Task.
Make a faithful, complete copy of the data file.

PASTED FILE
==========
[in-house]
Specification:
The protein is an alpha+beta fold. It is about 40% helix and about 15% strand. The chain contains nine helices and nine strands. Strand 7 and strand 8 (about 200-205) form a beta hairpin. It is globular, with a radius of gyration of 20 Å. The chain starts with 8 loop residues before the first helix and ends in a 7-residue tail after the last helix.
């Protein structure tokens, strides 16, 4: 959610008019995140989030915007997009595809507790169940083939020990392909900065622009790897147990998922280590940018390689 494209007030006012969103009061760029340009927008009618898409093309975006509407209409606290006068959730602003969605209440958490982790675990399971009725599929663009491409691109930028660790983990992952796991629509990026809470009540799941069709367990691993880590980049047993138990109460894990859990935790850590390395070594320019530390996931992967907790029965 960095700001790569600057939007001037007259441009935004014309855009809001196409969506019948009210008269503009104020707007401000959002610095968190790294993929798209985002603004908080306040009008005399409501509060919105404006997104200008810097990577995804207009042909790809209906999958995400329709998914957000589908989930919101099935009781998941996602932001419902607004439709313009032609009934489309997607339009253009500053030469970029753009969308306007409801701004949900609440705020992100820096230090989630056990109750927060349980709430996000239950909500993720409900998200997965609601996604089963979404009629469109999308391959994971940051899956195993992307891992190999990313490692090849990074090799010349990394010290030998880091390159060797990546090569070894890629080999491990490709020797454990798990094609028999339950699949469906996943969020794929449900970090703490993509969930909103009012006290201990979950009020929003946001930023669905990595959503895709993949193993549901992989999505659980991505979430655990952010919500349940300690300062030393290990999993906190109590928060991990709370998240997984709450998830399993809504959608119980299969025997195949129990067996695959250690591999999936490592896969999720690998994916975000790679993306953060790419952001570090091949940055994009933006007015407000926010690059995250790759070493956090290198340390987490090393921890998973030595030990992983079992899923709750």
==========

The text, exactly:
[in-house]
Specification:
The protein is an alpha+beta fold. It is about 40% helix and about 15% strand. The chain contains nine helices and nine strands. Strand 7 and strand 8 (about 200-205) form a beta hairpin. It is globular, with a radius of gyration of 20 Å. The chain starts with 8 loop residues before the first helix and ends in a 7-residue tail after the last helix.
């Protein structure tokens, strides 16, 4: 959610008019995140989030915007997009595809507790169940083939020990392909900065622009790897147990998922280590940018390689 494209007030006012969103009061760029340009927008009618898409093309975006509407209409606290006068959730602003969605209440958490982790675990399971009725599929663009491409691109930028660790983990992952796991629509990026809470009540799941069709367990691993880590980049047993138990109460894990859990935790850590390395070594320019530390996931992967907790029965 960095700001790569600057939007001037007259441009935004014309855009809001196409969506019948009210008269503009104020707007401000959002610095968190790294993929798209985002603004908080306040009008005399409501509060919105404006997104200008810097990577995804207009042909790809209906999958995400329709998914957000589908989930919101099935009781998941996602932001419902607004439709313009032609009934489309997607339009253009500053030469970029753009969308306007409801701004949900609440705020992100820096230090989630056990109750927060349980709430996000239950909500993720409900998200997965609601996604089963979404009629469109999308391959994971940051899956195993992307891992190999990313490692090849990074090799010349990394010290030998880091390159060797990546090569070894890629080999491990490709020797454990798990094609028999339950699949469906996943969020794929449900970090703490993509969930909103009012006290201990979950009020929003946001930023669905990595959503895709993949193993549901992989999505659980991505979430655990952010919500349940300690300062030393290990999993906190109590928060991990709370998240997984709450998830399993809504959608119980299969025997195949129990067996695959250690591999999936490592896969999720690998994916975000790679993306953060790419952001570090091949940055994009933006007015407000926010690059995250790759070493956090290198340390987490090393921890998973030595030990992983079992899923709750």